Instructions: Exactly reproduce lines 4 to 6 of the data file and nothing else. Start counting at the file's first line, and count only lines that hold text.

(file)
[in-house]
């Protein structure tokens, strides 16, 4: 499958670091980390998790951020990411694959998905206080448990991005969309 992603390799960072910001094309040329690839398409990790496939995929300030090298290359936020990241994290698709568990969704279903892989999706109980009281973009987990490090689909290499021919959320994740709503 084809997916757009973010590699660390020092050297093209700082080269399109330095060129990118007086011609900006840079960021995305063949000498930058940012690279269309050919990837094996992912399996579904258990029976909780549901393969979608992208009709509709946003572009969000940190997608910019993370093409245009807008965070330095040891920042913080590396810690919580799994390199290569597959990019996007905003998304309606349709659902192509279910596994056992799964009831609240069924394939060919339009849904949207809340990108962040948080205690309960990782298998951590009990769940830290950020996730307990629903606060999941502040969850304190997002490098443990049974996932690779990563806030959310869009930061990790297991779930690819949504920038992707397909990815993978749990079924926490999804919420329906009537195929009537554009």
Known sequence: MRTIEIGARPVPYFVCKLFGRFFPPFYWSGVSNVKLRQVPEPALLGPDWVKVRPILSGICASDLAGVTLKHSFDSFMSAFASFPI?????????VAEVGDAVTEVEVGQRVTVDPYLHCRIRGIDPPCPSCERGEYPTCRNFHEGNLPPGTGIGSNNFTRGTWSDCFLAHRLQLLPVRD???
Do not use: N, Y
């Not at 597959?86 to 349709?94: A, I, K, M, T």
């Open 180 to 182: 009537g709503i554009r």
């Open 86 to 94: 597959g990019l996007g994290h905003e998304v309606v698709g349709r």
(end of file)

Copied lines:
Do not use: N, Y
């Not at 597959?86 to 349709?94: A, I, K, M, T």
């Open 180 to 182: 009537g709503i554009r």